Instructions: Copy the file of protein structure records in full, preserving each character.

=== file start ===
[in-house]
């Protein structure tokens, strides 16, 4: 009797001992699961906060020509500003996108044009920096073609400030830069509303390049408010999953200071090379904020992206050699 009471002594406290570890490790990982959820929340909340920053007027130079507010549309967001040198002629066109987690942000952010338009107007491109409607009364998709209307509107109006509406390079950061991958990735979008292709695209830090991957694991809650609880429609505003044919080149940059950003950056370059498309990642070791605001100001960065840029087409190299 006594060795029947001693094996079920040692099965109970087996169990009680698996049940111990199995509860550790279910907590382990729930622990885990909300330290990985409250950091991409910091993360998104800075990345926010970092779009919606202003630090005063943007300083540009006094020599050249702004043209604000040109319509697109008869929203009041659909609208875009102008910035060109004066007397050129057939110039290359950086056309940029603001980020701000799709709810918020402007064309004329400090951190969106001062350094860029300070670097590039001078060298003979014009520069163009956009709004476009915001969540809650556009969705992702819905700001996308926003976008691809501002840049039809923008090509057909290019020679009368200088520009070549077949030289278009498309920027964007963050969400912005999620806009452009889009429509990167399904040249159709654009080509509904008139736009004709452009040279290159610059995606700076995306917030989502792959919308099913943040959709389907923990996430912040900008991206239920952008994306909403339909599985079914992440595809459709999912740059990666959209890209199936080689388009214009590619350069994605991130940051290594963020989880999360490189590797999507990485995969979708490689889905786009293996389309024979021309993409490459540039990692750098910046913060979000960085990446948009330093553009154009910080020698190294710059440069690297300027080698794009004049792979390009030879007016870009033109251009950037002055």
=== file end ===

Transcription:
[in-house]
């Protein structure tokens, strides 16, 4: 009797001992699961906060020509500003996108044009920096073609400030830069509303390049408010999953200071090379904020992206050699 009471002594406290570890490790990982959820929340909340920053007027130079507010549309967001040198002629066109987690942000952010338009107007491109409607009364998709209307509107109006509406390079950061991958990735979008292709695209830090991957694991809650609880429609505003044919080149940059950003950056370059498309990642070791605001100001960065840029087409190299 006594060795029947001693094996079920040692099965109970087996169990009680698996049940111990199995509860550790279910907590382990729930622990885990909300330290990985409250950091991409910091993360998104800075990345926010970092779009919606202003630090005063943007300083540009006094020599050249702004043209604000040109319509697109008869929203009041659909609208875009102008910035060109004066007397050129057939110039290359950086056309940029603001980020701000799709709810918020402007064309004329400090951190969106001062350094860029300070670097590039001078060298003979014009520069163009956009709004476009915001969540809650556009969705992702819905700001996308926003976008691809501002840049039809923008090509057909290019020679009368200088520009070549077949030289278009498309920027964007963050969400912005999620806009452009889009429509990167399904040249159709654009080509509904008139736009004709452009040279290159610059995606700076995306917030989502792959919308099913943040959709389907923990996430912040900008991206239920952008994306909403339909599985079914992440595809459709999912740059990666959209890209199936080689388009214009590619350069994605991130940051290594963020989880999360490189590797999507990485995969979708490689889905786009293996389309024979021309993409490459540039990692750098910046913060979000960085990446948009330093553009154009910080020698190294710059440069690297300027080698794009004049792979390009030879007016870009033109251009950037002055």